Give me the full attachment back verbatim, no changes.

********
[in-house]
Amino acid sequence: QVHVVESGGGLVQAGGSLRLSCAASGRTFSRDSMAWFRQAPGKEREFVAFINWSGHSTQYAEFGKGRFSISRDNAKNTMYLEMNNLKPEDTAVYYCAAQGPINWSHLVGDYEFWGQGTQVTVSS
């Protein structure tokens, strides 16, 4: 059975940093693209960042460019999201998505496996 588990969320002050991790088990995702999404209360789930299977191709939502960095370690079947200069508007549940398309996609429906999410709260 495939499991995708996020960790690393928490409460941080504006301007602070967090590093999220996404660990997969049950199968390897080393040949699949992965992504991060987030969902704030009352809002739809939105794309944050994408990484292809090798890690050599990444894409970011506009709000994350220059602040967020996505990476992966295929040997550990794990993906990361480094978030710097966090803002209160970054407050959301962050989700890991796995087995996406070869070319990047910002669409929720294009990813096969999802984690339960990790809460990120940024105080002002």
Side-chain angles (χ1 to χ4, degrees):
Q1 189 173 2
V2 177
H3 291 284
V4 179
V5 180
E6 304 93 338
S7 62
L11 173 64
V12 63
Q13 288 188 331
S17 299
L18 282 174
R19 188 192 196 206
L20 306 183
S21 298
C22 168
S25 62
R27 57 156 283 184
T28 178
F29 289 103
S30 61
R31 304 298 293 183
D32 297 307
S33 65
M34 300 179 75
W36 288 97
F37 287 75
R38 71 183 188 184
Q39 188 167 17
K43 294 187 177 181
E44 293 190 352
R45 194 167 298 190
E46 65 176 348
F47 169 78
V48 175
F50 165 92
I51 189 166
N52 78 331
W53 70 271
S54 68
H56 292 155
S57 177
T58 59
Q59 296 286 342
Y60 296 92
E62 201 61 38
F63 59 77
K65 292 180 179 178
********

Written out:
[in-house]
Amino acid sequence: QVHVVESGGGLVQAGGSLRLSCAASGRTFSRDSMAWFRQAPGKEREFVAFINWSGHSTQYAEFGKGRFSISRDNAKNTMYLEMNNLKPEDTAVYYCAAQGPINWSHLVGDYEFWGQGTQVTVSS
């Protein structure tokens, strides 16, 4: 059975940093693209960042460019999201998505496996 588990969320002050991790088990995702999404209360789930299977191709939502960095370690079947200069508007549940398309996609429906999410709260 495939499991995708996020960790690393928490409460941080504006301007602070967090590093999220996404660990997969049950199968390897080393040949699949992965992504991060987030969902704030009352809002739809939105794309944050994408990484292809090798890690050599990444894409970011506009709000994350220059602040967020996505990476992966295929040997550990794990993906990361480094978030710097966090803002209160970054407050959301962050989700890991796995087995996406070869070319990047910002669409929720294009990813096969999802984690339960990790809460990120940024105080002002």
Side-chain angles (χ1 to χ4, degrees):
Q1 189 173 2
V2 177
H3 291 284
V4 179
V5 180
E6 304 93 338
S7 62
L11 173 64
V12 63
Q13 288 188 331
S17 299
L18 282 174
R19 188 192 196 206
L20 306 183
S21 298
C22 168
S25 62
R27 57 156 283 184
T28 178
F29 289 103
S30 61
R31 304 298 293 183
D32 297 307
S33 65
M34 300 179 75
W36 288 97
F37 287 75
R38 71 183 188 184
Q39 188 167 17
K43 294 187 177 181
E44 293 190 352
R45 194 167 298 190
E46 65 176 348
F47 169 78
V48 175
F50 165 92
I51 189 166
N52 78 331
W53 70 271
S54 68
H56 292 155
S57 177
T58 59
Q59 296 286 342
Y60 296 92
E62 201 61 38
F63 59 77
K65 292 180 179 178